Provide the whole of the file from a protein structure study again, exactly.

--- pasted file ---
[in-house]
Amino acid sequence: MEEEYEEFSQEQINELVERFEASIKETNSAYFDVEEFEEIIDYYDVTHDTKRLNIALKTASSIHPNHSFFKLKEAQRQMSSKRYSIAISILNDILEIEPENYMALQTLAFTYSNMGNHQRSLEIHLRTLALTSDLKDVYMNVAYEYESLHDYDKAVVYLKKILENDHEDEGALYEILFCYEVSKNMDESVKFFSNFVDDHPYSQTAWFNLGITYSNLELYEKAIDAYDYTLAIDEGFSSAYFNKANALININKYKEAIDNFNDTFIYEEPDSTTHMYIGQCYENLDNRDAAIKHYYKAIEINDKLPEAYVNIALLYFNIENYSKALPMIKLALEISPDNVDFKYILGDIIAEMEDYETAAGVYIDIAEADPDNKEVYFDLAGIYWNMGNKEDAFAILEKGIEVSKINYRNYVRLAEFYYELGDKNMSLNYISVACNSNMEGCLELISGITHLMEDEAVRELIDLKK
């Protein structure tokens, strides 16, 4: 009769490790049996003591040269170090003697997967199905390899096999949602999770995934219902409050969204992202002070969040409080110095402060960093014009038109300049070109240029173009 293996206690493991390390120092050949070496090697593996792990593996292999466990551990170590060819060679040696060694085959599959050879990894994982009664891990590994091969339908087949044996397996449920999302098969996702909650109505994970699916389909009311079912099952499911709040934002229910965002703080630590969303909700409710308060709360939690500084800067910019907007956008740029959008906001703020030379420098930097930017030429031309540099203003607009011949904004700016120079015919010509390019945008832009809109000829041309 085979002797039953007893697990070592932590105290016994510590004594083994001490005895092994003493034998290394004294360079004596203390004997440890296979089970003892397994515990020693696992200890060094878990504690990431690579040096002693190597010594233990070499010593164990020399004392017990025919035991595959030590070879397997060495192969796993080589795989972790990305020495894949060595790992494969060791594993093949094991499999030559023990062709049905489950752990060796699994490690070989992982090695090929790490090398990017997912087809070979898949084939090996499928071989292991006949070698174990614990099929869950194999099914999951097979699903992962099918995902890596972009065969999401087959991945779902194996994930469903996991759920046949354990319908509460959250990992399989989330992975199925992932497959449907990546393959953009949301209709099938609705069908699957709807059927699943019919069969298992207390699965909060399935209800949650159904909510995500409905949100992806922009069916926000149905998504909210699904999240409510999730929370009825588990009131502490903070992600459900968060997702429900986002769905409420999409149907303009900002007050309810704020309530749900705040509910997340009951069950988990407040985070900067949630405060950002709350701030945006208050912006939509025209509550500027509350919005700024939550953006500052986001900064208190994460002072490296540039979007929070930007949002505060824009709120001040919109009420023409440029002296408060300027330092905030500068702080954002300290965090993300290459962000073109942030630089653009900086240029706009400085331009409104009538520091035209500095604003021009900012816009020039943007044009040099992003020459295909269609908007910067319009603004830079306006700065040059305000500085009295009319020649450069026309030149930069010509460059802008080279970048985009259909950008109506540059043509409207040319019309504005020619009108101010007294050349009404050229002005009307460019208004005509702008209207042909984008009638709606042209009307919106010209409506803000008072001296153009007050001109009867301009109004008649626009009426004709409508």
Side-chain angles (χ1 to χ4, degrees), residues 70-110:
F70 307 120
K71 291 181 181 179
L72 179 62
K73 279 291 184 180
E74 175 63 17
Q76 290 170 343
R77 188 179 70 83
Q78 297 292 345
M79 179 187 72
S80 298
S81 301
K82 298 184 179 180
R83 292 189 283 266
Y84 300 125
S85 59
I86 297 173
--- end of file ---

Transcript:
[in-house]
Amino acid sequence: MEEEYEEFSQEQINELVERFEASIKETNSAYFDVEEFEEIIDYYDVTHDTKRLNIALKTASSIHPNHSFFKLKEAQRQMSSKRYSIAISILNDILEIEPENYMALQTLAFTYSNMGNHQRSLEIHLRTLALTSDLKDVYMNVAYEYESLHDYDKAVVYLKKILENDHEDEGALYEILFCYEVSKNMDESVKFFSNFVDDHPYSQTAWFNLGITYSNLELYEKAIDAYDYTLAIDEGFSSAYFNKANALININKYKEAIDNFNDTFIYEEPDSTTHMYIGQCYENLDNRDAAIKHYYKAIEINDKLPEAYVNIALLYFNIENYSKALPMIKLALEISPDNVDFKYILGDIIAEMEDYETAAGVYIDIAEADPDNKEVYFDLAGIYWNMGNKEDAFAILEKGIEVSKINYRNYVRLAEFYYELGDKNMSLNYISVACNSNMEGCLELISGITHLMEDEAVRELIDLKK
């Protein structure tokens, strides 16, 4: 009769490790049996003591040269170090003697997967199905390899096999949602999770995934219902409050969204992202002070969040409080110095402060960093014009038109300049070109240029173009 293996206690493991390390120092050949070496090697593996792990593996292999466990551990170590060819060679040696060694085959599959050879990894994982009664891990590994091969339908087949044996397996449920999302098969996702909650109505994970699916389909009311079912099952499911709040934002229910965002703080630590969303909700409710308060709360939690500084800067910019907007956008740029959008906001703020030379420098930097930017030429031309540099203003607009011949904004700016120079015919010509390019945008832009809109000829041309 085979002797039953007893697990070592932590105290016994510590004594083994001490005895092994003493034998290394004294360079004596203390004997440890296979089970003892397994515990020693696992200890060094878990504690990431690579040096002693190597010594233990070499010593164990020399004392017990025919035991595959030590070879397997060495192969796993080589795989972790990305020495894949060595790992494969060791594993093949094991499999030559023990062709049905489950752990060796699994490690070989992982090695090929790490090398990017997912087809070979898949084939090996499928071989292991006949070698174990614990099929869950194999099914999951097979699903992962099918995902890596972009065969999401087959991945779902194996994930469903996991759920046949354990319908509460959250990992399989989330992975199925992932497959449907990546393959953009949301209709099938609705069908699957709807059927699943019919069969298992207390699965909060399935209800949650159904909510995500409905949100992806922009069916926000149905998504909210699904999240409510999730929370009825588990009131502490903070992600459900968060997702429900986002769905409420999409149907303009900002007050309810704020309530749900705040509910997340009951069950988990407040985070900067949630405060950002709350701030945006208050912006939509025209509550500027509350919005700024939550953006500052986001900064208190994460002072490296540039979007929070930007949002505060824009709120001040919109009420023409440029002296408060300027330092905030500068702080954002300290965090993300290459962000073109942030630089653009900086240029706009400085331009409104009538520091035209500095604003021009900012816009020039943007044009040099992003020459295909269609908007910067319009603004830079306006700065040059305000500085009295009319020649450069026309030149930069010509460059802008080279970048985009259909950008109506540059043509409207040319019309504005020619009108101010007294050349009404050229002005009307460019208004005509702008209207042909984008009638709606042209009307919106010209409506803000008072001296153009007050001109009867301009109004008649626009009426004709409508």
Side-chain angles (χ1 to χ4, degrees), residues 70-110:
F70 307 120
K71 291 181 181 179
L72 179 62
K73 279 291 184 180
E74 175 63 17
Q76 290 170 343
R77 188 179 70 83
Q78 297 292 345
M79 179 187 72
S80 298
S81 301
K82 298 184 179 180
R83 292 189 283 266
Y84 300 125
S85 59
I86 297 173